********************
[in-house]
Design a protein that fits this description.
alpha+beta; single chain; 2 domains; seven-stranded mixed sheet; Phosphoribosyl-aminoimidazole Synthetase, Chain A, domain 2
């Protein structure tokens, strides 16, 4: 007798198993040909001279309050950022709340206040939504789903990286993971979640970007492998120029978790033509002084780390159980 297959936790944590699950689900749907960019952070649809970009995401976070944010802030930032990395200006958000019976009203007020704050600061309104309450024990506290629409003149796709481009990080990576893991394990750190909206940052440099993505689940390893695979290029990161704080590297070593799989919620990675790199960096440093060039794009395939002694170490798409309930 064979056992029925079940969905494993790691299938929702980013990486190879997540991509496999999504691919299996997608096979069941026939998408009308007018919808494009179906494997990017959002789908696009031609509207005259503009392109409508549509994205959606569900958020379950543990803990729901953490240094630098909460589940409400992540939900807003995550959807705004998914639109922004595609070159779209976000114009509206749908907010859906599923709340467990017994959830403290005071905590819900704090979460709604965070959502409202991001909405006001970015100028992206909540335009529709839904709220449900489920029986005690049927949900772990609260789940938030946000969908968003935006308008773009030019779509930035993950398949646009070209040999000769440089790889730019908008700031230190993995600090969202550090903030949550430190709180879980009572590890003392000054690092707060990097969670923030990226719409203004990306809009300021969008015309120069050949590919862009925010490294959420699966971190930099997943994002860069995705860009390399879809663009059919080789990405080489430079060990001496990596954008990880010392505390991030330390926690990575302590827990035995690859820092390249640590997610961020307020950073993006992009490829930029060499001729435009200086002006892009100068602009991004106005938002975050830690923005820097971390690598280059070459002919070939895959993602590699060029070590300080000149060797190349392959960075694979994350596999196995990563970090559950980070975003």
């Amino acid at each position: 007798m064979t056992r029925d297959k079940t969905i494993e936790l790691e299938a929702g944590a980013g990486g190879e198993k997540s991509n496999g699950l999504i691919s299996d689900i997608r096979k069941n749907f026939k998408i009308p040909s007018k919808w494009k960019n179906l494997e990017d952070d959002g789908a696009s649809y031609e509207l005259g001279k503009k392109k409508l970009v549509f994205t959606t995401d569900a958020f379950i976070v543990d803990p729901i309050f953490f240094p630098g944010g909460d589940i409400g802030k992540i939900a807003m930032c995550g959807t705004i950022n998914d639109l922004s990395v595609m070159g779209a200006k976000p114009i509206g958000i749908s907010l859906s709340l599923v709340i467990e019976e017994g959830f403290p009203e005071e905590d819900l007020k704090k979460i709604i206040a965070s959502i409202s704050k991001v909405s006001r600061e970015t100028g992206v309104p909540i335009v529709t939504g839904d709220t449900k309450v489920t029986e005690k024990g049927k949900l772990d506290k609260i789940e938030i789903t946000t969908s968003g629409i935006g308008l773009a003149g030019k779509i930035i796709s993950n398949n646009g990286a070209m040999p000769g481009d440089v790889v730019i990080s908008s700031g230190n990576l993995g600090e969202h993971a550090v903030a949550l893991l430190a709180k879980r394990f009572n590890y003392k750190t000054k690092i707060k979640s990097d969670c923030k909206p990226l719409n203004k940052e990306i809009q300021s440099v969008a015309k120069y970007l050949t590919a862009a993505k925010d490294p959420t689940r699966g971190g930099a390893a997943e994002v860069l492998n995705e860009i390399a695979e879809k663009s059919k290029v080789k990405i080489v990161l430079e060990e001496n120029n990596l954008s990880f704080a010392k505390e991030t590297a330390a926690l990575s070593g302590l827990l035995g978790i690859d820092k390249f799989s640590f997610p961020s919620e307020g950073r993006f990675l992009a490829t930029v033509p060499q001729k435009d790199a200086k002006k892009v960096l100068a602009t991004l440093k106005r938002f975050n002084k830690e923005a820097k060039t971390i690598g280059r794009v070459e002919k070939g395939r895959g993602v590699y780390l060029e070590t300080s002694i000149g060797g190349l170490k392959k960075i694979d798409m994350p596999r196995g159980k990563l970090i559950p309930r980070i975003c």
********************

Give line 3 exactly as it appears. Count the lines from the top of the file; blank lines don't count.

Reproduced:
alpha+beta; single chain; 2 domains; seven-stranded mixed sheet; Phosphoribosyl-aminoimidazole Synthetase, Chain A, domain 2